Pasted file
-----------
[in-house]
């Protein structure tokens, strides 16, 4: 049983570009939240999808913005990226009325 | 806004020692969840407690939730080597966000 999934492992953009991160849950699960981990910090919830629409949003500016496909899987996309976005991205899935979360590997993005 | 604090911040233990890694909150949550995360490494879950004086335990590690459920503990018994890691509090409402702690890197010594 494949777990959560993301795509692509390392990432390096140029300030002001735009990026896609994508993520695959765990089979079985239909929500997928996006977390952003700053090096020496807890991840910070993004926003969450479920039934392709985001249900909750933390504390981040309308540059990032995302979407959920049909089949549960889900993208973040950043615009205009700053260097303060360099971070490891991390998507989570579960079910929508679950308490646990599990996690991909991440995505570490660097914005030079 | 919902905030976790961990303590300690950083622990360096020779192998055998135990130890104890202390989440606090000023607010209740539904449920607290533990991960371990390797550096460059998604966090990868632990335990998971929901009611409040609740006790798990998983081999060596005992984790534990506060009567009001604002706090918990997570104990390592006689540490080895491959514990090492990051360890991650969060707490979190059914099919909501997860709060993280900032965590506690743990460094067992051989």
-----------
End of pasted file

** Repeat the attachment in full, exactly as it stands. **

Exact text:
[in-house]
């Protein structure tokens, strides 16, 4: 049983570009939240999808913005990226009325 | 806004020692969840407690939730080597966000 999934492992953009991160849950699960981990910090919830629409949003500016496909899987996309976005991205899935979360590997993005 | 604090911040233990890694909150949550995360490494879950004086335990590690459920503990018994890691509090409402702690890197010594 494949777990959560993301795509692509390392990432390096140029300030002001735009990026896609994508993520695959765990089979079985239909929500997928996006977390952003700053090096020496807890991840910070993004926003969450479920039934392709985001249900909750933390504390981040309308540059990032995302979407959920049909089949549960889900993208973040950043615009205009700053260097303060360099971070490891991390998507989570579960079910929508679950308490646990599990996690991909991440995505570490660097914005030079 | 919902905030976790961990303590300690950083622990360096020779192998055998135990130890104890202390989440606090000023607010209740539904449920607290533990991960371990390797550096460059998604966090990868632990335990998971929901009611409040609740006790798990998983081999060596005992984790534990506060009567009001604002706090918990997570104990390592006689540490080895491959514990090492990051360890991650969060707490979190059914099919909501997860709060993280900032965590506690743990460094067992051989």